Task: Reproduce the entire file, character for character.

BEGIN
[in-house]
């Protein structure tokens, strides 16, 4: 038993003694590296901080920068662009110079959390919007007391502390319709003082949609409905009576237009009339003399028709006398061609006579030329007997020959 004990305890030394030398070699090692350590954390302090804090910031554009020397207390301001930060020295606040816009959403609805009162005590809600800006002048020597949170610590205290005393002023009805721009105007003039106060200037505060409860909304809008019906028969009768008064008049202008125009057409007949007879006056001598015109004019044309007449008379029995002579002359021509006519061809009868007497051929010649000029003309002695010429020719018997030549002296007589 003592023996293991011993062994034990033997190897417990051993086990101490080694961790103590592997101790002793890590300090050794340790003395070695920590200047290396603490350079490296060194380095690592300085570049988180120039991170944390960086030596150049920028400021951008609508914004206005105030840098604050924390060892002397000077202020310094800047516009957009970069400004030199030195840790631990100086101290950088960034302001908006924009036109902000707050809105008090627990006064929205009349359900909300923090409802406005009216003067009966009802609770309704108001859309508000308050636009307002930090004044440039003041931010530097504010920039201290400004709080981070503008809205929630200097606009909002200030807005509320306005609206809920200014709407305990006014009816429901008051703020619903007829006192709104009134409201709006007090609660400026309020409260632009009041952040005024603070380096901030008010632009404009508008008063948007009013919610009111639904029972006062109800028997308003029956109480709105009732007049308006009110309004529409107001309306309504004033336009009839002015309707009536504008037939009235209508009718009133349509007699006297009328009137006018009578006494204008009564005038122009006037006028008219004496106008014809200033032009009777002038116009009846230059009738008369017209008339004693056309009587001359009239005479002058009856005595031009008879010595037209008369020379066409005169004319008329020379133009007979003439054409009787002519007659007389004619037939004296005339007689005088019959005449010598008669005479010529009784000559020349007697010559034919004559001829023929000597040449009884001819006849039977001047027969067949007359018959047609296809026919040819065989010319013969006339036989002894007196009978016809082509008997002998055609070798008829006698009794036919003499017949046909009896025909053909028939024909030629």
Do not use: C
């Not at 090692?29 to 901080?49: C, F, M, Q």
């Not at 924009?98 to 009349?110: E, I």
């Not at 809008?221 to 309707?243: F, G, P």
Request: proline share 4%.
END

[in-house]
């Protein structure tokens, strides 16, 4: 038993003694590296901080920068662009110079959390919007007391502390319709003082949609409905009576237009009339003399028709006398061609006579030329007997020959 004990305890030394030398070699090692350590954390302090804090910031554009020397207390301001930060020295606040816009959403609805009162005590809600800006002048020597949170610590205290005393002023009805721009105007003039106060200037505060409860909304809008019906028969009768008064008049202008125009057409007949007879006056001598015109004019044309007449008379029995002579002359021509006519061809009868007497051929010649000029003309002695010429020719018997030549002296007589 003592023996293991011993062994034990033997190897417990051993086990101490080694961790103590592997101790002793890590300090050794340790003395070695920590200047290396603490350079490296060194380095690592300085570049988180120039991170944390960086030596150049920028400021951008609508914004206005105030840098604050924390060892002397000077202020310094800047516009957009970069400004030199030195840790631990100086101290950088960034302001908006924009036109902000707050809105008090627990006064929205009349359900909300923090409802406005009216003067009966009802609770309704108001859309508000308050636009307002930090004044440039003041931010530097504010920039201290400004709080981070503008809205929630200097606009909002200030807005509320306005609206809920200014709407305990006014009816429901008051703020619903007829006192709104009134409201709006007090609660400026309020409260632009009041952040005024603070380096901030008010632009404009508008008063948007009013919610009111639904029972006062109800028997308003029956109480709105009732007049308006009110309004529409107001309306309504004033336009009839002015309707009536504008037939009235209508009718009133349509007699006297009328009137006018009578006494204008009564005038122009006037006028008219004496106008014809200033032009009777002038116009009846230059009738008369017209008339004693056309009587001359009239005479002058009856005595031009008879010595037209008369020379066409005169004319008329020379133009007979003439054409009787002519007659007389004619037939004296005339007689005088019959005449010598008669005479010529009784000559020349007697010559034919004559001829023929000597040449009884001819006849039977001047027969067949007359018959047609296809026919040819065989010319013969006339036989002894007196009978016809082509008997002998055609070798008829006698009794036919003499017949046909009896025909053909028939024909030629």
Do not use: C
């Not at 090692?29 to 901080?49: C, F, M, Q």
């Not at 924009?98 to 009349?110: E, I």
């Not at 809008?221 to 309707?243: F, G, P």
Request: proline share 4%.